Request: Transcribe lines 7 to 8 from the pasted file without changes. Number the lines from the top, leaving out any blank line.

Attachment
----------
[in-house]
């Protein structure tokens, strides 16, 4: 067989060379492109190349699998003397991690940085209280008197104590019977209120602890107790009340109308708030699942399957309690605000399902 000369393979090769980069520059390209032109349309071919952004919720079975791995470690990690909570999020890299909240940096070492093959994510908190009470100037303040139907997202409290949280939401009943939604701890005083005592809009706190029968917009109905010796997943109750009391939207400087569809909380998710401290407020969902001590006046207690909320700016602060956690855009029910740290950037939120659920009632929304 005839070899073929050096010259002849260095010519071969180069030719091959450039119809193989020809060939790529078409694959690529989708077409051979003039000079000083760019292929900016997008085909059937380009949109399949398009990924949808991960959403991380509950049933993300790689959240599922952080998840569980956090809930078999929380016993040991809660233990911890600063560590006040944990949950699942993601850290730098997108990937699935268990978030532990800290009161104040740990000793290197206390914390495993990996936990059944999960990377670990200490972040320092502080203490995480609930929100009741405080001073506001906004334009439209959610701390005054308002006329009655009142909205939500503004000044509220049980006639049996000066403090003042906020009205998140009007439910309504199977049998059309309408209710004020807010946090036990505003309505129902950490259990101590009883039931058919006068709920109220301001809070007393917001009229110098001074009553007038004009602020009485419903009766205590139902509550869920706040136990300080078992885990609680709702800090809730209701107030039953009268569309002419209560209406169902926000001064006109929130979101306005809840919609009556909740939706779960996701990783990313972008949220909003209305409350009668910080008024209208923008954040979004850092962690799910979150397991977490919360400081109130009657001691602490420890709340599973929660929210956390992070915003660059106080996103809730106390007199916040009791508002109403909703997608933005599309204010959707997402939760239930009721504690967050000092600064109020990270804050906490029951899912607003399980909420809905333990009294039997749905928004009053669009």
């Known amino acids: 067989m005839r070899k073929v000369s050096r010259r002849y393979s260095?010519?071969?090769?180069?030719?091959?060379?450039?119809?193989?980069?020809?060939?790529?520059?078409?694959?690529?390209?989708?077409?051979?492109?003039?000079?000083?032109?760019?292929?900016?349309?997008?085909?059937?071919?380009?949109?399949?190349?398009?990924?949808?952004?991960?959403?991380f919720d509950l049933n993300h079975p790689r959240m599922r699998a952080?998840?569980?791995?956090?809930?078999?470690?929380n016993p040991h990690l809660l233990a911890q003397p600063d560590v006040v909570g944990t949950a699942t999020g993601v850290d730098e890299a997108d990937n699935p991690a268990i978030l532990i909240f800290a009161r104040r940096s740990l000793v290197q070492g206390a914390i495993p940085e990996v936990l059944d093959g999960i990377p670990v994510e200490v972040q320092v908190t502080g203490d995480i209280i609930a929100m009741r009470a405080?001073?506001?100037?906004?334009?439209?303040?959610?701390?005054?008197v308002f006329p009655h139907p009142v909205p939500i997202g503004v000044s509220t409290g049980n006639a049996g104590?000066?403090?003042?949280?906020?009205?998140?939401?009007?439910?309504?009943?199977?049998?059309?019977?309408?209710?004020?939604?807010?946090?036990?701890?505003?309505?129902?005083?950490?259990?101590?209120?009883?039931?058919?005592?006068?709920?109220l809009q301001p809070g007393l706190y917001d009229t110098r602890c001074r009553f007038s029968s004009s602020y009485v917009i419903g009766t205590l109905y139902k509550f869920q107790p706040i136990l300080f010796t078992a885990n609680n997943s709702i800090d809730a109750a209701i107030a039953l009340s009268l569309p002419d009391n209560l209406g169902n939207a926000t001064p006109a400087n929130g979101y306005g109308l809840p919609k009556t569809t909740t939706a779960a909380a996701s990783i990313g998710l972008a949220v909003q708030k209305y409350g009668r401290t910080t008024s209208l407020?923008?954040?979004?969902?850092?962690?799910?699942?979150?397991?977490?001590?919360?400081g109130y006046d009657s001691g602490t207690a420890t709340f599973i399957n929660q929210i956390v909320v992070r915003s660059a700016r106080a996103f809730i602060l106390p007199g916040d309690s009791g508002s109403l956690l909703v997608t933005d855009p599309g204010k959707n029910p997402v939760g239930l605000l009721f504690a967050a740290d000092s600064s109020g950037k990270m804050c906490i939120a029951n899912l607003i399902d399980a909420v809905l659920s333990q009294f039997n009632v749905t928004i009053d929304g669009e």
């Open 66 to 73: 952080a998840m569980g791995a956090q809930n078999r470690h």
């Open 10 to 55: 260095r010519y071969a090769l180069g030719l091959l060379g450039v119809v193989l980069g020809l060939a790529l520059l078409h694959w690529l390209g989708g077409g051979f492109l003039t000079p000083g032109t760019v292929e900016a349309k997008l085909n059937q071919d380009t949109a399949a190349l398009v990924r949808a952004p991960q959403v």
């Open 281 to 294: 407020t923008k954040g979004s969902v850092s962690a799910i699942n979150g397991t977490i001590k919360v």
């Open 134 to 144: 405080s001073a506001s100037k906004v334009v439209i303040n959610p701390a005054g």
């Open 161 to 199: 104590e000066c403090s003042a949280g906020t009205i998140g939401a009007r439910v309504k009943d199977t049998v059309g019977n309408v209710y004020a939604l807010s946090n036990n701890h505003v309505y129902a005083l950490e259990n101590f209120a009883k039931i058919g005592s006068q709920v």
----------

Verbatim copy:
């Open 134 to 144: 405080s001073a506001s100037k906004v334009v439209i303040n959610p701390a005054g």
């Open 161 to 199: 104590e000066c403090s003042a949280g906020t009205i998140g939401a009007r439910v309504k009943d199977t049998v059309g019977n309408v209710y004020a939604l807010s946090n036990n701890h505003v309505y129902a005083l950490e259990n101590f209120a009883k039931i058919g005592s006068q709920v």